The Fed was already flooding the world with dollars. That isn't helping now and never did, but they have to keep printing dollars to finance Obama's deficits. You know it's bad when China, the country of $2 trillion of bad loans, can now justifiably tell us to get our house in order. Look at what's happened in the three years since I pointed out that China's in worse shape, look at the utter disaster that the American people have so far allowed: trillion-dollar federal deficits, bailouts for irresponsible home buyers, and a belief that boosting the economy means paying the unemployed to stay unemployed -- while raising taxes on the people producing the most.

If the UK rioters are just thugs, why is Cameron so anxious to appease them?

You really are an idiot, David Cameron.

The riots are literally close to home for my family in suburban London. What used to be a quiet area now has thugs close enough (not on that street or adjoining, but close) that my family is afraid to leave the house.

There is no reason for things to have gotten beyond the first burned car, but what do you expect when a society is disarmed, and the police are doing zilch? This is what happens when people surrender their right to self-defense in favor of relying on government to save them. I would never trust police to shoot looters and vandals on sight, because as a general rule the police are not accountable for their actions, but I would trust homeowners and shopkeepers to defend themselves and their property. Every one of these criminals deserves to be butchered alive, then impaled around town on stakes.

Here are the most telling pictures I've seen on Yahoo News. No comments or captions are necessary.

Sunday, August 07, 2011

Obama is running the highest deficits since WWII, and Axelrod blames...the Tea Party

Yeah. Nobody in that God-forsaking administration will ever admit that it's spending, not the fact that we don't rape enough pocketbooks. But what can people expect when a plurality feel "entitled" to create a political monstrosity that's empowered to take the property of others? The beast produces nothing on its own, so it never has to feel obliged to control its appetite.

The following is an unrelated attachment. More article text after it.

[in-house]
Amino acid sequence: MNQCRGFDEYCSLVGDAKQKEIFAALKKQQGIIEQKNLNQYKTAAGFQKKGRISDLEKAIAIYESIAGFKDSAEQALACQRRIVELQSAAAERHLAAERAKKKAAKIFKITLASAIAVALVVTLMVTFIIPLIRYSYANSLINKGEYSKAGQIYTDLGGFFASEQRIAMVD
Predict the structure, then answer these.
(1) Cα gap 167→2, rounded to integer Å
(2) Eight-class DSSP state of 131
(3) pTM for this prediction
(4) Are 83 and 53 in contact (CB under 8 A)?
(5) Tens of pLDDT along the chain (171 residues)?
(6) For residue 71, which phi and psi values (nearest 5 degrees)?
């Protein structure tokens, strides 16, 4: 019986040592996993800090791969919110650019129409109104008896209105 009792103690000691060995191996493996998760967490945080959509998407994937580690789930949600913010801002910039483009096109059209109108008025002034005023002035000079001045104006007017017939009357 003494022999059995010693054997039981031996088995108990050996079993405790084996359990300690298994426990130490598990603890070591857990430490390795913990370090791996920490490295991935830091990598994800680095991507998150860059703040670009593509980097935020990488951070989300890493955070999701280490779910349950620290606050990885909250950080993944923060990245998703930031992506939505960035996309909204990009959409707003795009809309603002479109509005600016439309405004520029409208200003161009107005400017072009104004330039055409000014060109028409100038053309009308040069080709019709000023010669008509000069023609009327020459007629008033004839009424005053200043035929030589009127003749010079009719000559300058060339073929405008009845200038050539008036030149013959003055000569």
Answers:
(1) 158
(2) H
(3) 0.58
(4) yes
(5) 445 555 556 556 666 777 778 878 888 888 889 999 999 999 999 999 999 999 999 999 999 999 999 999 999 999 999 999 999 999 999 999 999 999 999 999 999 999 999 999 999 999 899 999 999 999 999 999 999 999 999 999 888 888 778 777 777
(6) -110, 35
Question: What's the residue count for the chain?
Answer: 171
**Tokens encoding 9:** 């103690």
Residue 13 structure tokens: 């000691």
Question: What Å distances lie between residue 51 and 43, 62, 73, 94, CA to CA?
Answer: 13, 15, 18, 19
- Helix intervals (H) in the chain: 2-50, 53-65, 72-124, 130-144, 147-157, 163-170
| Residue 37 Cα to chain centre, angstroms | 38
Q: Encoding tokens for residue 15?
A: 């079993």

Look at the budget projections and the unjustified optimism that, for example, we'll get a $535 billion jump in revenue from 2012 to 2013. Tax revenues will more than double in the next 10 years? These are using the same methodology by which the CBO projected budget surpluses for years after 2000: assume rosy economic growth for perpetuity, act surprised when tax increases don't yield expected revenue, and malign anyone who believes in keeping the fruit of his own labor.

Let's put the budget scenario in visual terms. It took me no time to make after copying and pasting the CBO's data into OpenOffice, but apparently the CBO couldn't be troubled (or didn't want to make the situation more obvious).

And Obama had the audacity to claim the other day about this "debt ceiling bill" lie, "It's an important first step to ensuring that as a nation we live within our means."

"Before we ask college students to pay more for their education, let's ask hedge fund managers to stop paying taxes that are lower on their rates than their secretaries." Here's a free clue for Obama: hedge fund managers pay far more in a year than a lot of people pay in their entire lives, because of students who think they're entitled to free things, then cry when jobs don't fall into their laps.

This demonstrates exactly what's wrong with our country

Watch the whole thing.